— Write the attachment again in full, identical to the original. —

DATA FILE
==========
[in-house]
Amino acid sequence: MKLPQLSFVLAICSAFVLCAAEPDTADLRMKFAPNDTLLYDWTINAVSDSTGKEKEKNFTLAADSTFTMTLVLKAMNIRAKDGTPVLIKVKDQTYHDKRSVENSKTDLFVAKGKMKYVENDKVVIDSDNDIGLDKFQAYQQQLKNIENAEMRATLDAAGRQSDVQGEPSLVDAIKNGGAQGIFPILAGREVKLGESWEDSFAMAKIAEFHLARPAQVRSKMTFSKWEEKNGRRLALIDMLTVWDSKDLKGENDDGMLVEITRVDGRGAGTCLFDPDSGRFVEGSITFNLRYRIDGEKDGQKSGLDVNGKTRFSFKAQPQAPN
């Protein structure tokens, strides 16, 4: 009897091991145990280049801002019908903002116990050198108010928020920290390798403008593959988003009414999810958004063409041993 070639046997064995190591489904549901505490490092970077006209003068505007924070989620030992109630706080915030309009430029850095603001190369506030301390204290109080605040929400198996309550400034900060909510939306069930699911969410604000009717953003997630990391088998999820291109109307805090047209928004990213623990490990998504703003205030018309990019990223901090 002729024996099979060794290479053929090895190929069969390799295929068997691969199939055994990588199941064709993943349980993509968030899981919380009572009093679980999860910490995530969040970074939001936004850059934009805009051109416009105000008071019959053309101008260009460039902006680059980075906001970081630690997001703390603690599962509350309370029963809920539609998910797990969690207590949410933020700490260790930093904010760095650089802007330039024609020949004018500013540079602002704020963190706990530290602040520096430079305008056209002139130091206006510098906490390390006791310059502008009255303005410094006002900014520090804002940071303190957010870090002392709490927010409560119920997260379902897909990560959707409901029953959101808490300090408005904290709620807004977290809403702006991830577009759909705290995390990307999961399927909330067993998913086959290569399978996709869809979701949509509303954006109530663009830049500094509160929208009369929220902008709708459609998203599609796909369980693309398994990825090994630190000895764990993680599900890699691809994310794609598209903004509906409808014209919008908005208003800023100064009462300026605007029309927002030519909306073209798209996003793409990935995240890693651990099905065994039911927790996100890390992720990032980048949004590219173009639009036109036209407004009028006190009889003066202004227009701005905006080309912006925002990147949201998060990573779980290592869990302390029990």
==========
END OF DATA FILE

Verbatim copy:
[in-house]
Amino acid sequence: MKLPQLSFVLAICSAFVLCAAEPDTADLRMKFAPNDTLLYDWTINAVSDSTGKEKEKNFTLAADSTFTMTLVLKAMNIRAKDGTPVLIKVKDQTYHDKRSVENSKTDLFVAKGKMKYVENDKVVIDSDNDIGLDKFQAYQQQLKNIENAEMRATLDAAGRQSDVQGEPSLVDAIKNGGAQGIFPILAGREVKLGESWEDSFAMAKIAEFHLARPAQVRSKMTFSKWEEKNGRRLALIDMLTVWDSKDLKGENDDGMLVEITRVDGRGAGTCLFDPDSGRFVEGSITFNLRYRIDGEKDGQKSGLDVNGKTRFSFKAQPQAPN
């Protein structure tokens, strides 16, 4: 009897091991145990280049801002019908903002116990050198108010928020920290390798403008593959988003009414999810958004063409041993 070639046997064995190591489904549901505490490092970077006209003068505007924070989620030992109630706080915030309009430029850095603001190369506030301390204290109080605040929400198996309550400034900060909510939306069930699911969410604000009717953003997630990391088998999820291109109307805090047209928004990213623990490990998504703003205030018309990019990223901090 002729024996099979060794290479053929090895190929069969390799295929068997691969199939055994990588199941064709993943349980993509968030899981919380009572009093679980999860910490995530969040970074939001936004850059934009805009051109416009105000008071019959053309101008260009460039902006680059980075906001970081630690997001703390603690599962509350309370029963809920539609998910797990969690207590949410933020700490260790930093904010760095650089802007330039024609020949004018500013540079602002704020963190706990530290602040520096430079305008056209002139130091206006510098906490390390006791310059502008009255303005410094006002900014520090804002940071303190957010870090002392709490927010409560119920997260379902897909990560959707409901029953959101808490300090408005904290709620807004977290809403702006991830577009759909705290995390990307999961399927909330067993998913086959290569399978996709869809979701949509509303954006109530663009830049500094509160929208009369929220902008709708459609998203599609796909369980693309398994990825090994630190000895764990993680599900890699691809994310794609598209903004509906409808014209919008908005208003800023100064009462300026605007029309927002030519909306073209798209996003793409990935995240890693651990099905065994039911927790996100890390992720990032980048949004590219173009639009036109036209407004009028006190009889003066202004227009701005905006080309912006925002990147949201998060990573779980290592869990302390029990």